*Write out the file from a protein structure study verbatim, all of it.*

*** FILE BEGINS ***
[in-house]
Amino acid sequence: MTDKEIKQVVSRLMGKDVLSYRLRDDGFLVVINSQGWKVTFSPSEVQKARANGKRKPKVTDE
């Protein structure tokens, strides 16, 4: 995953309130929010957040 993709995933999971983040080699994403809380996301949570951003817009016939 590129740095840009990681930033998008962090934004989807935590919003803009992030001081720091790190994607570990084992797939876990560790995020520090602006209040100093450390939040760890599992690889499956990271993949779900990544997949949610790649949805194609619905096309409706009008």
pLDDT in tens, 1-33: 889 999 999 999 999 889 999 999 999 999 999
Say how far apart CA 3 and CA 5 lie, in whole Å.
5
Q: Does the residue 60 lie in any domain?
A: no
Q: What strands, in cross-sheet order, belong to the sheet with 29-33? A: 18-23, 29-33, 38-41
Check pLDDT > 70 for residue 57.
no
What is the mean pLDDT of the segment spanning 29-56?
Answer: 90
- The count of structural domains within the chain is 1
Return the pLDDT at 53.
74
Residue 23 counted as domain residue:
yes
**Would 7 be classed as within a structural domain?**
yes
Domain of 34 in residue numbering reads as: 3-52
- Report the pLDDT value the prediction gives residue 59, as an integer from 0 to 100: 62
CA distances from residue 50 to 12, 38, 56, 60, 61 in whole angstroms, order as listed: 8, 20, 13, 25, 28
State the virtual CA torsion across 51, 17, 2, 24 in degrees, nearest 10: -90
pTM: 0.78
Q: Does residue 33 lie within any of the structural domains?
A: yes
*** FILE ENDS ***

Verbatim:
[in-house]
Amino acid sequence: MTDKEIKQVVSRLMGKDVLSYRLRDDGFLVVINSQGWKVTFSPSEVQKARANGKRKPKVTDE
């Protein structure tokens, strides 16, 4: 995953309130929010957040 993709995933999971983040080699994403809380996301949570951003817009016939 590129740095840009990681930033998008962090934004989807935590919003803009992030001081720091790190994607570990084992797939876990560790995020520090602006209040100093450390939040760890599992690889499956990271993949779900990544997949949610790649949805194609619905096309409706009008």
pLDDT in tens, 1-33: 889 999 999 999 999 889 999 999 999 999 999
Say how far apart CA 3 and CA 5 lie, in whole Å.
5
Q: Does the residue 60 lie in any domain?
A: no
Q: What strands, in cross-sheet order, belong to the sheet with 29-33? A: 18-23, 29-33, 38-41
Check pLDDT > 70 for residue 57.
no
What is the mean pLDDT of the segment spanning 29-56?
Answer: 90
- The count of structural domains within the chain is 1
Return the pLDDT at 53.
74
Residue 23 counted as domain residue:
yes
**Would 7 be classed as within a structural domain?**
yes
Domain of 34 in residue numbering reads as: 3-52
- Report the pLDDT value the prediction gives residue 59, as an integer from 0 to 100: 62
CA distances from residue 50 to 12, 38, 56, 60, 61 in whole angstroms, order as listed: 8, 20, 13, 25, 28
State the virtual CA torsion across 51, 17, 2, 24 in degrees, nearest 10: -90
pTM: 0.78
Q: Does residue 33 lie within any of the structural domains?
A: yes